News bites

Sea otters

Sea otter reintroduction

The U.S. Fish and Wildlife Service announced in an assessment that returning sea otters to Oregon and Northern California is feasible and would also bring likely—if unequal—economic benefits. Scientists and tribal leaders say reintroducing otters would restore balance to degraded kelp forests, boost fish species, protect shorelines, generate tourist dollars and even capture carbon. But concerns remain in communities where otters would compete with humans for shellfish, and among some tribes that fear their self-governance is also at stake. (HCN.org)

Future farmers

Yelm High School’s Future Farmers of America chapter in Washington state had the most enrolled members in the nation during the 2021-2022 school year, with 1,280 members. This marks the second time the chapter has achieved the honor. Yelm was previously the top chapter during the 2015-2016 school year. (CapitalPress.com)

City Fruit grant

Seattle-based City Fruit has received a $35,000 grant from the National Institute of Food and Agriculture (NIFA) to explore more ways to divert locally harvested fruits that are not ready to eat from being wasted or composted. The nonprofit is considering a program to take harvested fruit that cannot be distributed to food banks—bruised, pest-damaged or windfallen—and process it into fruit-centered, culturally relevant foods such as salsas and jam. The grant will allow the nonprofit to assess its fruit supply and the demand for fruit products at partner food banks to see how it can sustainably meet their needs, and then see whether a portion of product can be sold at local businesses to create a sustainable future source of revenue for the program. (NIFA.USDA.gov)

Local farm support

King County farms and related businesses will soon have professional support to boost their operations through Business Impact NW, an organization dedicated to supporting local entrepreneurs through coaching, classes and access to capital. As the new King County Farm Business Support Specialist, Devra Gartenstein will provide direct one-on-one navigation and coaching for King County farm and food business owners through the Business Impact NW’s Food Business Resource Center (FBRC), which is expanding with the support of King Conservation District. Gartenstein has owned and operated small food businesses for over 30 years, including Patty Pan Grill, Seattle’s oldest farmers market concession, which specializes in creating value-added products from local agricultural ingredients. In 2013 she worked with employees to convert Patty Pan to a worker-owned cooperative, and since then she has been involved with small business coaching and mentorship, as well as cooperative development. (KingCountyGreen.com)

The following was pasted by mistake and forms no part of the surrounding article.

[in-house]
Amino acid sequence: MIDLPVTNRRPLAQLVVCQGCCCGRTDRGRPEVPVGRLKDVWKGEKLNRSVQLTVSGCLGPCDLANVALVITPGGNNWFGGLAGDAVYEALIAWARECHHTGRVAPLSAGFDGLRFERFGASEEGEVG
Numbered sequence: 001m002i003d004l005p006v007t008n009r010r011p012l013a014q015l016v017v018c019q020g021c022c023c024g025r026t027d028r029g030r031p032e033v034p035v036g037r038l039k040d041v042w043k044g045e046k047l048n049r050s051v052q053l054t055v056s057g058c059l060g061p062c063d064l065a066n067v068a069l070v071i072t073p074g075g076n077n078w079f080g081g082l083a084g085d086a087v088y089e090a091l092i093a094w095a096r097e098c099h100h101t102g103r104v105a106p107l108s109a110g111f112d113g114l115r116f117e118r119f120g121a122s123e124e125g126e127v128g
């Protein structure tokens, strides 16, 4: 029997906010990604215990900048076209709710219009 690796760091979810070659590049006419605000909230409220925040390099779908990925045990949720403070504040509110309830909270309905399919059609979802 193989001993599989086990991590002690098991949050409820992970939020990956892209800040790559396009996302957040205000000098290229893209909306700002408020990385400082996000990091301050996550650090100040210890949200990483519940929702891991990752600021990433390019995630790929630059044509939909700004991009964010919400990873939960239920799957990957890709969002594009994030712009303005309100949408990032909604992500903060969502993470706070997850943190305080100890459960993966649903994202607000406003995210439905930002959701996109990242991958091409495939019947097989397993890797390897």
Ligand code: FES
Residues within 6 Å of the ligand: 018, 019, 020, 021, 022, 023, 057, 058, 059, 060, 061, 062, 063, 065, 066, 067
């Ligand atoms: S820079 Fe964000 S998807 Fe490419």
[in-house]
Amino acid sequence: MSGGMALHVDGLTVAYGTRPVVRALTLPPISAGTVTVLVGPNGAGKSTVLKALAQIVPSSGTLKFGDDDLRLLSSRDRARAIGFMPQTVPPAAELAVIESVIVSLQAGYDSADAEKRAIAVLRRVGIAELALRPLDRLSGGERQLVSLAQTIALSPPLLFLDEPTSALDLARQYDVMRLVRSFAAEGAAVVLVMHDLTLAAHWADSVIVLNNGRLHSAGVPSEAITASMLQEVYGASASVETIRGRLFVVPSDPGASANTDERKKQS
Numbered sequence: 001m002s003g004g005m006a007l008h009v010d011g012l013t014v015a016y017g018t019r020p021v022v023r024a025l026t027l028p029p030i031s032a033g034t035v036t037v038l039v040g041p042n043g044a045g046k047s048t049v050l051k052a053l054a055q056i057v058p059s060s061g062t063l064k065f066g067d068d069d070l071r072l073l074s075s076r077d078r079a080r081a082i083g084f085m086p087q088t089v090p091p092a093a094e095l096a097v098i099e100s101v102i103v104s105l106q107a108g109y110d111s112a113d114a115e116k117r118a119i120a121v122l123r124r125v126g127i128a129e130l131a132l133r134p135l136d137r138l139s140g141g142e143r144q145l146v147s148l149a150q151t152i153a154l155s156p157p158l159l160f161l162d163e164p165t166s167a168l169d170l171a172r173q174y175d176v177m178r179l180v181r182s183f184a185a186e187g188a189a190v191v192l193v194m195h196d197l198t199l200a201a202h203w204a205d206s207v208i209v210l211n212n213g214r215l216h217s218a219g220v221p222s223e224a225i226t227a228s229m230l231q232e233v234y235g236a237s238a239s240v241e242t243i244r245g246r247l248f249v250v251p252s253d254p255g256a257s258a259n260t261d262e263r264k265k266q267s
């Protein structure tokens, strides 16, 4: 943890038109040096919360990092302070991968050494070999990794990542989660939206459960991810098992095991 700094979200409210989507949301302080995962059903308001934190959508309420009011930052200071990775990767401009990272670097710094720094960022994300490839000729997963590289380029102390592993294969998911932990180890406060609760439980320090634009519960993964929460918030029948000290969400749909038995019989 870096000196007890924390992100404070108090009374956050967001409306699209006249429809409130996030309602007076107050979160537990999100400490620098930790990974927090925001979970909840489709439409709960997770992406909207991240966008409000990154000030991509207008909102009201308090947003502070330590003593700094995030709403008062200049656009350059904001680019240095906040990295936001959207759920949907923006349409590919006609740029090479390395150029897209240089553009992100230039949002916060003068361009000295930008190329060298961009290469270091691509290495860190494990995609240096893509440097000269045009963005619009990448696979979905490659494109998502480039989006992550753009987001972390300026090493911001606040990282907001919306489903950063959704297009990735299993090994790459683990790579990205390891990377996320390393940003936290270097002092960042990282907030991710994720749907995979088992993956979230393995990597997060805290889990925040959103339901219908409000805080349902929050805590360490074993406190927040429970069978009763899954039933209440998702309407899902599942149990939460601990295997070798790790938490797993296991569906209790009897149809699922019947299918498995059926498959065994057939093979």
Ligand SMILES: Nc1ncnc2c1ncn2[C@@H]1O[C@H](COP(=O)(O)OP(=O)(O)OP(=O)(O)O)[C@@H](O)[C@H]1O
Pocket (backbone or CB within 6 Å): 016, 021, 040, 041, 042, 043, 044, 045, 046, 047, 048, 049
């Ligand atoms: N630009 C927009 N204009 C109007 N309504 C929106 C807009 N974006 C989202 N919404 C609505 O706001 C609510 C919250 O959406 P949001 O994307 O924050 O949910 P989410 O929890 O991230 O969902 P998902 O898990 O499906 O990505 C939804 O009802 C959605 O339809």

“Marine-safe” plastics?

Researchers at the Seattle Aquarium have designed a simulated gray whale stomach in order to test plastic alternatives that claim to be marine safe. They’re eager to know what might happen to plant-based plastics if eaten by whales or other sea life—and they know that whales are a smart way to draw attention to the planet’s massive plastic problem. The project is part of the Tom Ford Plastic Innovation Prize, an international contest to discover and promote environmentally friendly alternatives to single use plastic film used to make items such as produce and dry cleaning bags. (Geekwire.com)

Agave crops

The University of California at Davis has established a fund to focus on agave plants and their viability as a low-water crop in the state. The initiative began after two Central Valley farmers, with their own 1.5-acre test plot of 900 agave plants, donated $100,000. The funds will be used to study how to optimize agave crop production in California relative to Mexico, where labor costs are lower and farmers rely on rain rather than irrigation for water. (Modern Farmer)

Pesticide research

Building on years of research that shows links between agricultural chemicals and cancer, researchers say they have found fresh evidence tying certain pesticides to cancers in children and adults in 11 western U.S. states. Analyzing federal pesticide data and state health registries, the research team reported a close association between the use of pesticides called fumigants and the development of cancers in people living in the states analyzed. The study, published in the journal GeoHealth, is the first to analyze the geospatial distribution of cancer incidence with pesticide use in the Western United States. (TheNewLede.org)

tree canopy

Tree canopy

Last year, legislators in Washington state passed a law to bolster the urban forestry work of the Department of Natural Resources. The agency’s urban and community forestry program, which had just two staffers in 2020, will grow to nine positions once the department finalizes new hires. Those new staffers, along with a new state-funded grant program, will supercharge the department’s efforts to inventory tree canopy in Washington’s communities, help cities maintain their trees and determine where to plant new ones. (pewtrust.org)

Organics inspiration